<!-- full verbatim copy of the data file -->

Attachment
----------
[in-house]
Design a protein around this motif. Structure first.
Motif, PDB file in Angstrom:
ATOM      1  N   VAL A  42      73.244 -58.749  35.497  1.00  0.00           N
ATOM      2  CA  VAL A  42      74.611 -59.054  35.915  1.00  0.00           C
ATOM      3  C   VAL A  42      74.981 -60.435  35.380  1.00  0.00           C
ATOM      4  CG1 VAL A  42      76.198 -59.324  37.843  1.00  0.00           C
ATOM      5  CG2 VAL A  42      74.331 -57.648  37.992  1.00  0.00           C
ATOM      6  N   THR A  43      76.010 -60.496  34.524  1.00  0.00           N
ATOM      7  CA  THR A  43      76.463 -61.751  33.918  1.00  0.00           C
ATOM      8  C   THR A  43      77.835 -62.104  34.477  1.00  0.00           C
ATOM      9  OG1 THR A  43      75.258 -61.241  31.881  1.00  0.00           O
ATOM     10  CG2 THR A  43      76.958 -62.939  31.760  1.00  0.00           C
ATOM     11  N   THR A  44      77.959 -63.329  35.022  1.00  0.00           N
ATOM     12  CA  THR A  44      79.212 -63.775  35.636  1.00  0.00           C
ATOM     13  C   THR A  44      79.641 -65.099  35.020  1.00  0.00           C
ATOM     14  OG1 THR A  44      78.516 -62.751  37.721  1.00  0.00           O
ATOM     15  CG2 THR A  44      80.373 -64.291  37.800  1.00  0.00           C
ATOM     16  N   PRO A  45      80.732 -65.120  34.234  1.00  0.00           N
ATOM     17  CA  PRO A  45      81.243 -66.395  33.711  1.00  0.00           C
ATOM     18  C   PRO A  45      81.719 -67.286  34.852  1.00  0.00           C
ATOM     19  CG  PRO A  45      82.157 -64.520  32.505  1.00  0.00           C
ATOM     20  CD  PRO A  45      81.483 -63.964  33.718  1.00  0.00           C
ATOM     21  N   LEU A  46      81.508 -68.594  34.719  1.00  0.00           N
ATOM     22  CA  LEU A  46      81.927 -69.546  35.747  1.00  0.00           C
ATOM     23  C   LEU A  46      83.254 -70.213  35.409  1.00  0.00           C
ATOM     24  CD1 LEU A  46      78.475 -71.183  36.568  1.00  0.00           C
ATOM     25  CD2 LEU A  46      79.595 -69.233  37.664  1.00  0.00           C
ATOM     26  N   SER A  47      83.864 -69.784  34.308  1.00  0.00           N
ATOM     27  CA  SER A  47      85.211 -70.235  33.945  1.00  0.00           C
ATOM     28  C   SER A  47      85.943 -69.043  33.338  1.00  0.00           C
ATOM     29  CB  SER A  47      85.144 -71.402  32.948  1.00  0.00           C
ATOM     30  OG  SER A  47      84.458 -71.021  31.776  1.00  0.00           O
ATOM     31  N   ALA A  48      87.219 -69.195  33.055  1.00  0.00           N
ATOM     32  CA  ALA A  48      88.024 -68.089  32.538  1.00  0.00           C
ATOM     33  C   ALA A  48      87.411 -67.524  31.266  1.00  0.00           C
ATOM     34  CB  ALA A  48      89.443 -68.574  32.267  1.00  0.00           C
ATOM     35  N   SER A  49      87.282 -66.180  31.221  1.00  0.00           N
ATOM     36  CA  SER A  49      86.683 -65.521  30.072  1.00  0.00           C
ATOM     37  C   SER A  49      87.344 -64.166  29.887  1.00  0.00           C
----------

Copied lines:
[in-house]
Design a protein around this motif. Structure first.
Motif, PDB file in Angstrom:
ATOM      1  N   VAL A  42      73.244 -58.749  35.497  1.00  0.00           N
ATOM      2  CA  VAL A  42      74.611 -59.054  35.915  1.00  0.00           C
ATOM      3  C   VAL A  42      74.981 -60.435  35.380  1.00  0.00           C
ATOM      4  CG1 VAL A  42      76.198 -59.324  37.843  1.00  0.00           C
ATOM      5  CG2 VAL A  42      74.331 -57.648  37.992  1.00  0.00           C
ATOM      6  N   THR A  43      76.010 -60.496  34.524  1.00  0.00           N
ATOM      7  CA  THR A  43      76.463 -61.751  33.918  1.00  0.00           C
ATOM      8  C   THR A  43      77.835 -62.104  34.477  1.00  0.00           C
ATOM      9  OG1 THR A  43      75.258 -61.241  31.881  1.00  0.00           O
ATOM     10  CG2 THR A  43      76.958 -62.939  31.760  1.00  0.00           C
ATOM     11  N   THR A  44      77.959 -63.329  35.022  1.00  0.00           N
ATOM     12  CA  THR A  44      79.212 -63.775  35.636  1.00  0.00           C
ATOM     13  C   THR A  44      79.641 -65.099  35.020  1.00  0.00           C
ATOM     14  OG1 THR A  44      78.516 -62.751  37.721  1.00  0.00           O
ATOM     15  CG2 THR A  44      80.373 -64.291  37.800  1.00  0.00           C
ATOM     16  N   PRO A  45      80.732 -65.120  34.234  1.00  0.00           N
ATOM     17  CA  PRO A  45      81.243 -66.395  33.711  1.00  0.00           C
ATOM     18  C   PRO A  45      81.719 -67.286  34.852  1.00  0.00           C
ATOM     19  CG  PRO A  45      82.157 -64.520  32.505  1.00  0.00           C
ATOM     20  CD  PRO A  45      81.483 -63.964  33.718  1.00  0.00           C
ATOM     21  N   LEU A  46      81.508 -68.594  34.719  1.00  0.00           N
ATOM     22  CA  LEU A  46      81.927 -69.546  35.747  1.00  0.00           C
ATOM     23  C   LEU A  46      83.254 -70.213  35.409  1.00  0.00           C
ATOM     24  CD1 LEU A  46      78.475 -71.183  36.568  1.00  0.00           C
ATOM     25  CD2 LEU A  46      79.595 -69.233  37.664  1.00  0.00           C
ATOM     26  N   SER A  47      83.864 -69.784  34.308  1.00  0.00           N
ATOM     27  CA  SER A  47      85.211 -70.235  33.945  1.00  0.00           C
ATOM     28  C   SER A  47      85.943 -69.043  33.338  1.00  0.00           C
ATOM     29  CB  SER A  47      85.144 -71.402  32.948  1.00  0.00           C
ATOM     30  OG  SER A  47      84.458 -71.021  31.776  1.00  0.00           O
ATOM     31  N   ALA A  48      87.219 -69.195  33.055  1.00  0.00           N
ATOM     32  CA  ALA A  48      88.024 -68.089  32.538  1.00  0.00           C
ATOM     33  C   ALA A  48      87.411 -67.524  31.266  1.00  0.00           C
ATOM     34  CB  ALA A  48      89.443 -68.574  32.267  1.00  0.00           C
ATOM     35  N   SER A  49      87.282 -66.180  31.221  1.00  0.00           N
ATOM     36  CA  SER A  49      86.683 -65.521  30.072  1.00  0.00           C
ATOM     37  C   SER A  49      87.344 -64.166  29.887  1.00  0.00           C